US 303598 A
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Description (OCR text may contain errors)
(NoModel.) J. TUTTLE.
PERPORATED COOKING RACK.
Patented Aug. 12.1884.
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UNITEDV STATES PATENT OFFICE.,
JAMEs TUTTLE, oE MERIDEN, CONNECTICUT, AssicNoR CE oNEJIALE fro` A. J. RECKLEY, oF NEWARK, NEW JERSEY.
SPECIFICATION forming part of Letters Patent No. 303,598, dated August 12, 1884.
Application filed January 31, 1884. (No model.)
To all whom, t may concern,.- l
Be it known that I, JAMES TUTTLE, a citizen of the United States, residing at Meriden, in the county of New Haven and State of Connecticut,`have invented certain new and useful,- Improvements in Perforated Cooking Racks, of which the following is a specification. 4 My invention relates to improvements in 1o perforated cooking-racks; andthe object of my invention is to produce a cooking-rack for use with the ordinary square dripping-pan which is effective in use and simple and inexpensive in construction. I attain this obr 5 ject by the simple construction illustrated in the accompanying drawings, in whieh Figure l is a plan view of my improved cooking-rack, together with a dripping-pan; and Fig. 2 is an enlarged sectional view of said 2C pan on line :c ai of Fig. l, and a side elevation of my rack. v
In the accompanying figures, I have shown my perforated cooking-rack A as placed for use in baking upon an ordinary square dripi 2 5 ping-pan, B, by means of its folded edges a.
I make my improved rack of perforated `sheet metal, preferably of sheet-iron, stamped or otherwise worked into the desired form. I curve the body of the rack in a transverse di 3o rection, while in a longitudinal direction it is straight, giving it what may be termed a trough-like form.7 I make the rack a little shorter than the pan, while its width is equal or greater, as shown in Fig. 2. I provide my rack with two ridges or beads, b b,
which extend transversely across near two opposite edges thereof, and serve as stiifeners, and help to keep the meat from slipping upon the rack. The size of the perforations in my 4o improved cooking-rack is immaterial; but I prefer to make them of a size varying from three-sixteenths to a quarter of an inch, because,were the holes much smaller, the juices of meat and the salt, as they ooze Vout during the cooking, would be inclined to gather and clog the apertures or perforations, and, were the perforations much largeiythemeat would have a tendency to protrude through the holes and stick to the rack. The perforations can be formed in any ordinary manner-aa for instance, by agang of dies and punches. My vrack is also provided with dan ges cube-nt downward from the straight edges, asshown in Fig. 2, said iianges being adapted to hook over the edges of the pan B, as shown, whereby the rack can be readily placed and adj usted in position upon said pan. Then thusin place, only the straight lianged edges a rest upon the pan, while the other edges, at the ends of the rack, come inside of the ends of the pan, and thereby permit of a rectangular trough-like rack being used upon a square pan. Italso enables the rack to be used without special fitting 011 a pan which is longer than the rack. The rack may be readily adjusted to fit pans of varying widths within certain limits by bending it a little to give it a greater orless degree of curvature in its transverse direction. I have used the terms longitudinal and transverse for convenience of description, but do not intend thereby to strictly confine myself to making any one dimension longer than the other, but have used the term transverse with reference to the direction of the rack which spans the pan, and longitudinal with reference to the direction of the flanges ce e.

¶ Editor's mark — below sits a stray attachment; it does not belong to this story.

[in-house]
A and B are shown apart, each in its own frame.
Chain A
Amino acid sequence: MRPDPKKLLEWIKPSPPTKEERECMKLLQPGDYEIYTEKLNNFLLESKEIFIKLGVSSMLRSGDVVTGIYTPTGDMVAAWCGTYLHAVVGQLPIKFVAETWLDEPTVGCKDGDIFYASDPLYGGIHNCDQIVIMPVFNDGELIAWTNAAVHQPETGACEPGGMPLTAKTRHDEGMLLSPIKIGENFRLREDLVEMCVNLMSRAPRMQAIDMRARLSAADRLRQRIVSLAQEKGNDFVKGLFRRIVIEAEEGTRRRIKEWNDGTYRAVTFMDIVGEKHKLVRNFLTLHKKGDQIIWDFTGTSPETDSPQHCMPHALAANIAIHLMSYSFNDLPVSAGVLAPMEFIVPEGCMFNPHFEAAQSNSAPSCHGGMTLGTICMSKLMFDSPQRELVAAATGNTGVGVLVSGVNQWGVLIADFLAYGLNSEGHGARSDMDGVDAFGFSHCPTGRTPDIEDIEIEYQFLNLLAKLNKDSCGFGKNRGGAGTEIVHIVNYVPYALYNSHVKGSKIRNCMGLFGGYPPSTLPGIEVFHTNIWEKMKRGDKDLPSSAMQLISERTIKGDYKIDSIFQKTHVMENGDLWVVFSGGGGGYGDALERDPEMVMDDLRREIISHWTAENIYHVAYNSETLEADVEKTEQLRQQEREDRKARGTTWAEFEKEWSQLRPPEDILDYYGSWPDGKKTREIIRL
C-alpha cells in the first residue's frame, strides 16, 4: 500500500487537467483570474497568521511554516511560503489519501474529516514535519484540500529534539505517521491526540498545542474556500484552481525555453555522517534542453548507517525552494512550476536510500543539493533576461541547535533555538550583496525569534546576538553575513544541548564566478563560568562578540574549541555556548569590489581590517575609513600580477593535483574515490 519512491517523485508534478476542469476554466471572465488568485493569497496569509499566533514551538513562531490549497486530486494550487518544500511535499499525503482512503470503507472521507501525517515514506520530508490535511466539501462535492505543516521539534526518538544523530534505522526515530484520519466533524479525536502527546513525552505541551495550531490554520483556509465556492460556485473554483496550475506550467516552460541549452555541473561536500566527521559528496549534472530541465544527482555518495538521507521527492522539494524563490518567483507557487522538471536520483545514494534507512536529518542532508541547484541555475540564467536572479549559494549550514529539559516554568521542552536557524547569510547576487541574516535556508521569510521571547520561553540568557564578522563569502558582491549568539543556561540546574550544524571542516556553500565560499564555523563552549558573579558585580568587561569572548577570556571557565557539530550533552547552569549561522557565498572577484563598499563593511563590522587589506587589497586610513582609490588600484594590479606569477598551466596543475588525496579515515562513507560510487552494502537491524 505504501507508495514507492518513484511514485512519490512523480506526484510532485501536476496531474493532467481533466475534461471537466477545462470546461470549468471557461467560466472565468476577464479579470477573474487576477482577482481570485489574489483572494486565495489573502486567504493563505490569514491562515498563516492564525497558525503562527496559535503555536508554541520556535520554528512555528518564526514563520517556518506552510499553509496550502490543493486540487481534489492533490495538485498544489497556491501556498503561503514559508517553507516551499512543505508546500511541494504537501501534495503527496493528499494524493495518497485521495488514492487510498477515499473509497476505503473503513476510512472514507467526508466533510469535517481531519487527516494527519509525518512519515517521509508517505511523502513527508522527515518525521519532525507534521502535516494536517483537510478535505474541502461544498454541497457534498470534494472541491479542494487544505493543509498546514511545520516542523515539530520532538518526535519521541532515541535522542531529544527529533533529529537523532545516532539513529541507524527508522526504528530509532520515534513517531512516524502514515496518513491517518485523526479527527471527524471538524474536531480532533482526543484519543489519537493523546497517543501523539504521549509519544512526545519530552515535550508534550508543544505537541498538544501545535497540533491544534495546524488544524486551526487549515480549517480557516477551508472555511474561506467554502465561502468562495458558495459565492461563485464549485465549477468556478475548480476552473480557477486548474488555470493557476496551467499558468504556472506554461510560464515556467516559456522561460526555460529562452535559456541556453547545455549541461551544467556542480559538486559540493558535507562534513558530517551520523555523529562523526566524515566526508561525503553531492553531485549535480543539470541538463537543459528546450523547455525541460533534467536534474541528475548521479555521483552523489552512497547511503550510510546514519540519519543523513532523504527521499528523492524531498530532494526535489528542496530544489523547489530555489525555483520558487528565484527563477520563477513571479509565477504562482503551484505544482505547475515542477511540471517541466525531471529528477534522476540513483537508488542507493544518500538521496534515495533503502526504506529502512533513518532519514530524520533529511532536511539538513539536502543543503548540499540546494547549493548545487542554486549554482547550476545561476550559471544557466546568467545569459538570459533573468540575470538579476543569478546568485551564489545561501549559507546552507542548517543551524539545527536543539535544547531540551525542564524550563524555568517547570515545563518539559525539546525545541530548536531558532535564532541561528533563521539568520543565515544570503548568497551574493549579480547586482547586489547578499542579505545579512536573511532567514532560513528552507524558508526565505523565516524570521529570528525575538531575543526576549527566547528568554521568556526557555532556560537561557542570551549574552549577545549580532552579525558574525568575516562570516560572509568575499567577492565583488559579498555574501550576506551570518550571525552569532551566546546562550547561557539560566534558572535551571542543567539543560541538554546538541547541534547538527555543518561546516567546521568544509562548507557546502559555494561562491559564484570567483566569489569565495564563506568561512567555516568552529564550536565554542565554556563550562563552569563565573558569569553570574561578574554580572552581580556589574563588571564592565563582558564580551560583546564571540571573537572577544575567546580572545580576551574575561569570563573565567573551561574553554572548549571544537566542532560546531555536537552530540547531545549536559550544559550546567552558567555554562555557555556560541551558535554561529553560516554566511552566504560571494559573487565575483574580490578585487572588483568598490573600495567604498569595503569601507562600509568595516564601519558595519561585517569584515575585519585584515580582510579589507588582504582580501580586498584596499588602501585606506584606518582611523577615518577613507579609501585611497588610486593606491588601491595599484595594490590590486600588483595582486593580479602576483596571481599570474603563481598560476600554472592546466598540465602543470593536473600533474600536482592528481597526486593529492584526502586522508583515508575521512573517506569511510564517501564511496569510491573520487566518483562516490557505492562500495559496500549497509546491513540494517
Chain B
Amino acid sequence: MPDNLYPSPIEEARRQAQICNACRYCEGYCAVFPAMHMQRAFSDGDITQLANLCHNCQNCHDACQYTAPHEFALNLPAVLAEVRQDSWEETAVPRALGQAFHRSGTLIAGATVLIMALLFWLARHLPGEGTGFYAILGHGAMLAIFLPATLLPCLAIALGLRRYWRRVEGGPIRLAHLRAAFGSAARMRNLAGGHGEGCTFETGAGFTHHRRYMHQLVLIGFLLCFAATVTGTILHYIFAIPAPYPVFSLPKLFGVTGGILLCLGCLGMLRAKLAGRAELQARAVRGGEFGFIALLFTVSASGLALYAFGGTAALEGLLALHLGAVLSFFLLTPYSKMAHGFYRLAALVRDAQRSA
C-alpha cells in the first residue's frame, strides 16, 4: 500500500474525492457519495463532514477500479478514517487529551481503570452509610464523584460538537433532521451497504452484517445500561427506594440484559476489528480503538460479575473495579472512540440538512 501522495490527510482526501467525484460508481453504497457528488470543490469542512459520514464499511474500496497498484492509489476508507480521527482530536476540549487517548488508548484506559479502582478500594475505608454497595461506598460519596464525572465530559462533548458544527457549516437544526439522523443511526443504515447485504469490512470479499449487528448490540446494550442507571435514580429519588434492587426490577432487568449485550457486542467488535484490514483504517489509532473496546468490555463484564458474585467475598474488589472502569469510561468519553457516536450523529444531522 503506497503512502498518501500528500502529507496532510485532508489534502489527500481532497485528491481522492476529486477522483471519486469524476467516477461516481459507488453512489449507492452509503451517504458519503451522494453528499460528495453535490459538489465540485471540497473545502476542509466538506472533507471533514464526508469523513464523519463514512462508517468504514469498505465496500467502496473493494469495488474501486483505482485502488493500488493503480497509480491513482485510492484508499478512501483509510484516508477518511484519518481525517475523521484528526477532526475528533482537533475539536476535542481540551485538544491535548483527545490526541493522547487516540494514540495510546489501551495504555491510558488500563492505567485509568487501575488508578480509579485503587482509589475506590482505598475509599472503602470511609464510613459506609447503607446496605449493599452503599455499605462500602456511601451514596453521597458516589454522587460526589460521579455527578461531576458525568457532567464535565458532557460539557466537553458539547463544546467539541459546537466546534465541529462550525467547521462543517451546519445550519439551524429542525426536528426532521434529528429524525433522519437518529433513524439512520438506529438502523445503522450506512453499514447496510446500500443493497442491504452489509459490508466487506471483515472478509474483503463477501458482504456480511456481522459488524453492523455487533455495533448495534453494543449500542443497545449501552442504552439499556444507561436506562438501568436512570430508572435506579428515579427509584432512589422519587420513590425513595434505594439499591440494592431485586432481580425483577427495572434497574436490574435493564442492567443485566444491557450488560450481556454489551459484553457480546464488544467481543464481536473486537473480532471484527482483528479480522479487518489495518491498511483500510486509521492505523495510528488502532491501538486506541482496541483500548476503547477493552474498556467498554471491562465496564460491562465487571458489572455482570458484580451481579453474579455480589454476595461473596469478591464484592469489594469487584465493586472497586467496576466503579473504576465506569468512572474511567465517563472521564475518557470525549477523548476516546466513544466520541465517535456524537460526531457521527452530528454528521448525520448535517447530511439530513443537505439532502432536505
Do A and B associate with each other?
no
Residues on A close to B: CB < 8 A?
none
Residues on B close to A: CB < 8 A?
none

I am aware that a prior patent for an oystersteamer shows a concave circular rack having a flange around'its entire edge, and designed to cover the entire top of a funnelshaped band; and I hereby disclaim thc same.
I claim as myinvention sisting of a rectangular piece of sheet metal, curved in a transverse direction, while itis straight longitudinally, and provided with iianges at its straight edges, substantially as described.
2. The herein-described cooking-rack, consisting of a rectangular piece of perforated sheet metal having the flanges a a at its straight edgcs,and the beads or ribs b I) nearits curved edges, substantially as described.
EDDY N. SwE'rT, L. S. BURR.
1. The herein-described cooking-rack, con-`